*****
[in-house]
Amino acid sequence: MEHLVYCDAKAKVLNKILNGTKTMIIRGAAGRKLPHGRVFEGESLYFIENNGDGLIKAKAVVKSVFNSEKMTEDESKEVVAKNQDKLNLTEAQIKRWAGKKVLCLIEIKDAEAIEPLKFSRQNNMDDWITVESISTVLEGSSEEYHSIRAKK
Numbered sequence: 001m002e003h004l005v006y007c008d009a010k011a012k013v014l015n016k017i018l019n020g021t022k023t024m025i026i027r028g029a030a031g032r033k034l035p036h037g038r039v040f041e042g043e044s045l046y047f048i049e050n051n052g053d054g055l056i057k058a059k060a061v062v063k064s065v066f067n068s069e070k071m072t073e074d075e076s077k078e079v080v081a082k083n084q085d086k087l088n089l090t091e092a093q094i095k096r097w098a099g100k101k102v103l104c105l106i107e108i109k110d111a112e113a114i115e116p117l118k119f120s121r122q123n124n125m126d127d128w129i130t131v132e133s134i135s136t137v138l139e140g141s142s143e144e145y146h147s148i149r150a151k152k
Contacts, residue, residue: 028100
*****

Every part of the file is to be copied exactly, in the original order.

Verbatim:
[in-house]
Amino acid sequence: MEHLVYCDAKAKVLNKILNGTKTMIIRGAAGRKLPHGRVFEGESLYFIENNGDGLIKAKAVVKSVFNSEKMTEDESKEVVAKNQDKLNLTEAQIKRWAGKKVLCLIEIKDAEAIEPLKFSRQNNMDDWITVESISTVLEGSSEEYHSIRAKK
Numbered sequence: 001m002e003h004l005v006y007c008d009a010k011a012k013v014l015n016k017i018l019n020g021t022k023t024m025i026i027r028g029a030a031g032r033k034l035p036h037g038r039v040f041e042g043e044s045l046y047f048i049e050n051n052g053d054g055l056i057k058a059k060a061v062v063k064s065v066f067n068s069e070k071m072t073e074d075e076s077k078e079v080v081a082k083n084q085d086k087l088n089l090t091e092a093q094i095k096r097w098a099g100k101k102v103l104c105l106i107e108i109k110d111a112e113a114i115e116p117l118k119f120s121r122q123n124n125m126d127d128w129i130t131v132e133s134i135s136t137v138l139e140g141s142s143e144e145y146h147s148i149r150a151k152k
Contacts, residue, residue: 028100